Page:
Get Enough Sleep
One of the simplest ways to improve not only your work-life balance but your overall health is to get enough sleep. Yet the CDC found that 1 in 3 adults don’t sleep enough, averaging less than the recommended minimum of 7 hours a day. The organization has even called insufficient sleep “a public health epidemic.” Just one extra hour of sleep each night can provide a wide variety of benefits that will change your work-life balance for the better.
The National Sleep Foundation’s experts recommend a certain number of hours of sleep each night depending on your age, as shown below. Are you getting the recommended amount of sleep?
- Newborns (0-3 months): 14-17 hours
- Infants (4-11 months): 12-15 hours
- Toddlers (1-2 years): 11-14 hours
- Preschoolers (3-5): 10-13 hours
- School-age children (6-13): 9-11 hours
- Teenagers (14-17): 8-10 hours
- Younger adults (18-25): 7-9 hours
- Adults (26-64): 7-9 hours
- Older adults (65+): 7-8 hours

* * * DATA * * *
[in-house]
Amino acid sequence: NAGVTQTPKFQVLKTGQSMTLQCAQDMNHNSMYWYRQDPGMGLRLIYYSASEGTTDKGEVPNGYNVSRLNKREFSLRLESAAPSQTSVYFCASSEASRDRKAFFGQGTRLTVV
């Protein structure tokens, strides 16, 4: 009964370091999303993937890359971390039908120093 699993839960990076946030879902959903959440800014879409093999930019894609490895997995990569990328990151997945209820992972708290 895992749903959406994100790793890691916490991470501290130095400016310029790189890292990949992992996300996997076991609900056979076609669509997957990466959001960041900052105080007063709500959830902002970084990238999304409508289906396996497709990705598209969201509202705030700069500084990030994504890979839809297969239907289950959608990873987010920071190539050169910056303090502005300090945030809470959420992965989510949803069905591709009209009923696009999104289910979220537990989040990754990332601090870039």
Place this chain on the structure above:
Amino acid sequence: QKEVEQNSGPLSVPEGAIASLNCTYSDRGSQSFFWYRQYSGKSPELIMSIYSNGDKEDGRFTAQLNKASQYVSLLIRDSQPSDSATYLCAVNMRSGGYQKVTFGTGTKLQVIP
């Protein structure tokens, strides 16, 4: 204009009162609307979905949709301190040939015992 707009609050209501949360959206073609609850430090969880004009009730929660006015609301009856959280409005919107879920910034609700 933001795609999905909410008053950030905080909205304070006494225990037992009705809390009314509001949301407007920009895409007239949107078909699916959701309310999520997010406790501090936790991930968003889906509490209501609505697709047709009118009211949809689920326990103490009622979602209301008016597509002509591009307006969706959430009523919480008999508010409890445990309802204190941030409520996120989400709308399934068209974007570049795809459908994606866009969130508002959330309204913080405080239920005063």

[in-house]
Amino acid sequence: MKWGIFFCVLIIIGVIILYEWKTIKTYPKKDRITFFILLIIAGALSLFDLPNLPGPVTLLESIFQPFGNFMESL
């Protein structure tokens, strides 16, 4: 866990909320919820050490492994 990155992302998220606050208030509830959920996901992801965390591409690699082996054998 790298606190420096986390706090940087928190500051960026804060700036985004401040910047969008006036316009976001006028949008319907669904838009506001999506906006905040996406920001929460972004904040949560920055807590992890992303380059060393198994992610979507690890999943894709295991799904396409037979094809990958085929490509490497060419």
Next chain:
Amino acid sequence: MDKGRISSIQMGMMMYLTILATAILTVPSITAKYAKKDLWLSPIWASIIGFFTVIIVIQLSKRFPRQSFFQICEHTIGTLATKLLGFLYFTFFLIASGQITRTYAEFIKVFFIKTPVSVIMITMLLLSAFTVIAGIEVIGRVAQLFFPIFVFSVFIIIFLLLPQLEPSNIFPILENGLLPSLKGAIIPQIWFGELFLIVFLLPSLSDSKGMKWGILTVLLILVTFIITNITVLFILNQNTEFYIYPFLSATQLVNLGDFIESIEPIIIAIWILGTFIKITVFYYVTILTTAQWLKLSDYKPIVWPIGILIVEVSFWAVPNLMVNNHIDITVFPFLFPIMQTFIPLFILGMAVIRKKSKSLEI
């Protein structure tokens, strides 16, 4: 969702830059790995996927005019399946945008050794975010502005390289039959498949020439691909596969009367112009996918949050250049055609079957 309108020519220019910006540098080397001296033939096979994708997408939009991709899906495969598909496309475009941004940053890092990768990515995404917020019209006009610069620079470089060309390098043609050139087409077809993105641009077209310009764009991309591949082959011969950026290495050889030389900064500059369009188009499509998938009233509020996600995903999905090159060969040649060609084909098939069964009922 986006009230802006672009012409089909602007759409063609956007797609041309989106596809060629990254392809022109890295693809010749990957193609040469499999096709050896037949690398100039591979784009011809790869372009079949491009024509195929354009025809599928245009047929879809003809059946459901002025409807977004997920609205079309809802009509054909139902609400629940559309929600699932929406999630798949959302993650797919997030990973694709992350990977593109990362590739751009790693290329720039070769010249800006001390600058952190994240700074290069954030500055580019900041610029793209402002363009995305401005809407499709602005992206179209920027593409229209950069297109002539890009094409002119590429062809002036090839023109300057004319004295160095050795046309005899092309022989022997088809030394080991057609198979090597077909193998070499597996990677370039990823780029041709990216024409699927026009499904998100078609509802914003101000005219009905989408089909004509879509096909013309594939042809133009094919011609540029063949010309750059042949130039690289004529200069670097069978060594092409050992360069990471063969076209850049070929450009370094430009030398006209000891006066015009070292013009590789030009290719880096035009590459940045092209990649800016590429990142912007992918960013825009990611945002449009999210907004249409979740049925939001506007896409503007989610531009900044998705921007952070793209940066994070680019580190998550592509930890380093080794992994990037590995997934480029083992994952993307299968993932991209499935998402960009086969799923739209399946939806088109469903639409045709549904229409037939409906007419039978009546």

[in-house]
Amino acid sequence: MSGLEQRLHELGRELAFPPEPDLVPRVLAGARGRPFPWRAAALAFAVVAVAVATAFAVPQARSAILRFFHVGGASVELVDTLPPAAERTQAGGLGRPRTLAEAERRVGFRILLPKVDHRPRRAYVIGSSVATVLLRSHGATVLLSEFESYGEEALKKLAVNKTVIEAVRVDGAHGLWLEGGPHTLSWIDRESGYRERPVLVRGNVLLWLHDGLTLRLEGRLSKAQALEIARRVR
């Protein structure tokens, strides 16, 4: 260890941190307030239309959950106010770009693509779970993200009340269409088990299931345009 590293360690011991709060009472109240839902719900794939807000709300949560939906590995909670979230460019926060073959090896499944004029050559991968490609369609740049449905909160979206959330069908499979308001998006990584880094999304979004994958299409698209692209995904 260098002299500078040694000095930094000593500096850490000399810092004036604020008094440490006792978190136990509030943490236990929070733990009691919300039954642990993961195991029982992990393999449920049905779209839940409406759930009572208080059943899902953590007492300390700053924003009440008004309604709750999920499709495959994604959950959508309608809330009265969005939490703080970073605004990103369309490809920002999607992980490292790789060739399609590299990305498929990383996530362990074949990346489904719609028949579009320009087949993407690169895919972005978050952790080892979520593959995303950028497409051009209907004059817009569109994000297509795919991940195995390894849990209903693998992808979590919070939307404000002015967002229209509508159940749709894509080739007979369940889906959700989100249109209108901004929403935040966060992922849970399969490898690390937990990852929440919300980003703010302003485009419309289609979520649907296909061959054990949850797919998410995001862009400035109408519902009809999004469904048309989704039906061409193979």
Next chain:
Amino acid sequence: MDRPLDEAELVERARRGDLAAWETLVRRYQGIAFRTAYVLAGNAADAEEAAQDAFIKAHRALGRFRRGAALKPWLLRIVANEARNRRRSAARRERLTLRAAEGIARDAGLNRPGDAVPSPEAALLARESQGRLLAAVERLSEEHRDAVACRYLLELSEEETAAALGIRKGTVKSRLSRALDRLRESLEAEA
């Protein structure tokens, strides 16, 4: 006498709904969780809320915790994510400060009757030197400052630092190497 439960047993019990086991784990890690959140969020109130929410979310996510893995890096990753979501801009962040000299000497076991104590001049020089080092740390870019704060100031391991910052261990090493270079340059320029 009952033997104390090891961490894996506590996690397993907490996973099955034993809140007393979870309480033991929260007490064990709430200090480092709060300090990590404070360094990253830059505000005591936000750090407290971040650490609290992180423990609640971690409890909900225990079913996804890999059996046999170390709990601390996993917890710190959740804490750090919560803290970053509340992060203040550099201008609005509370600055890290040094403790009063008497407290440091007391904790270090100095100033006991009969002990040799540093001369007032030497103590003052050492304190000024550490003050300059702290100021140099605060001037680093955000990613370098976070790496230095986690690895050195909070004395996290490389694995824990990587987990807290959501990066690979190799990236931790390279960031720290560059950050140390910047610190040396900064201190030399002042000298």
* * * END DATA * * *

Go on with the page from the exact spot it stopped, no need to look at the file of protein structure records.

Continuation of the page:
If you work at a desk, you know how easy it can be to grab an unhealthy snack to ease those afternoon hunger pangs. But how is this unhealthy snacking affecting how you do your job? Sugar can cause your blood sugar to spike and then drop, making you feel lethargic and unmotivated. Eating healthier foods will give you a boost of healthy energy and will lead to a far more productive day.
If you’re working from home, be sure to keep some healthy foods like fruits, vegetables, or granola stocked for a healthier option to grab when you need an afternoon snack.
Add Exercise to Your Routine
Exercise is one of the most powerful forms of stress relief. Being active produces feel-good chemicals called endorphins, which provide natural stress relief and will leave you feeling happier after your workout. After all, there is truth to the “runner’s high” that some people get after going for a run. Below are some great options for exercises to reduce stress.
The Best Workouts for Stress Relief